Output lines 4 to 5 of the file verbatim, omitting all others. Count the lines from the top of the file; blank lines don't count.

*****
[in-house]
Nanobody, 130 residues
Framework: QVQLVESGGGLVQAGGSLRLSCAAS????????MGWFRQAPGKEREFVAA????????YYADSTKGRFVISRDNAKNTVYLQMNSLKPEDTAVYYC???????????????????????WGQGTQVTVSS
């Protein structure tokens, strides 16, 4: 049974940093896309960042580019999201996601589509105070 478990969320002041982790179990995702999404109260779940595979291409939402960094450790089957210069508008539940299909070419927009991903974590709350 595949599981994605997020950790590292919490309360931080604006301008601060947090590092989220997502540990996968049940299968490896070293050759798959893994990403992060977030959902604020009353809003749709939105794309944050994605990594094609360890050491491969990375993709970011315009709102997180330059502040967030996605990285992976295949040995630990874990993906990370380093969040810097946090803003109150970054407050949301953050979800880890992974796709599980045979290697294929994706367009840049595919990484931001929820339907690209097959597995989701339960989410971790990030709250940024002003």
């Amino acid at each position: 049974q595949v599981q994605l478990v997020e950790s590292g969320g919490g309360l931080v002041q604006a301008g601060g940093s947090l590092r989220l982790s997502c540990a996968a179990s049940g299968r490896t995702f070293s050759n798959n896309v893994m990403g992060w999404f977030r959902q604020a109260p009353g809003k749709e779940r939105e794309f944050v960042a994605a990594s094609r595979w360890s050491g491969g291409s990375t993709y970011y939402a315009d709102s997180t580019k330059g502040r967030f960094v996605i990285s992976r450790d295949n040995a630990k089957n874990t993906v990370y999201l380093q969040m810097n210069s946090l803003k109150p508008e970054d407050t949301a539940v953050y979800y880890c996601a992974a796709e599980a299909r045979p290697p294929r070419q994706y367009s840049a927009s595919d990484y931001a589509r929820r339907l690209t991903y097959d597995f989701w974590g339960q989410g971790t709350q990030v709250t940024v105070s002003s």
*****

């Protein structure tokens, strides 16, 4: 049974940093896309960042580019999201996601589509105070 478990969320002041982790179990995702999404109260779940595979291409939402960094450790089957210069508008539940299909070419927009991903974590709350 595949599981994605997020950790590292919490309360931080604006301008601060947090590092989220997502540990996968049940299968490896070293050759798959893994990403992060977030959902604020009353809003749709939105794309944050994605990594094609360890050491491969990375993709970011315009709102997180330059502040967030996605990285992976295949040995630990874990993906990370380093969040810097946090803003109150970054407050949301953050979800880890992974796709599980045979290697294929994706367009840049595919990484931001929820339907690209097959597995989701339960989410971790990030709250940024002003």
């Amino acid at each position: 049974q595949v599981q994605l478990v997020e950790s590292g969320g919490g309360l931080v002041q604006a301008g601060g940093s947090l590092r989220l982790s997502c540990a996968a179990s049940g299968r490896t995702f070293s050759n798959n896309v893994m990403g992060w999404f977030r959902q604020a109260p009353g809003k749709e779940r939105e794309f944050v960042a994605a990594s094609r595979w360890s050491g491969g291409s990375t993709y970011y939402a315009d709102s997180t580019k330059g502040r967030f960094v996605i990285s992976r450790d295949n040995a630990k089957n874990t993906v990370y999201l380093q969040m810097n210069s946090l803003k109150p508008e970054d407050t949301a539940v953050y979800y880890c996601a992974a796709e599980a299909r045979p290697p294929r070419q994706y367009s840049a927009s595919d990484y931001a589509r929820r339907l690209t991903y097959d597995f989701w974590g339960q989410g971790t709350q990030v709250t940024v105070s002003s």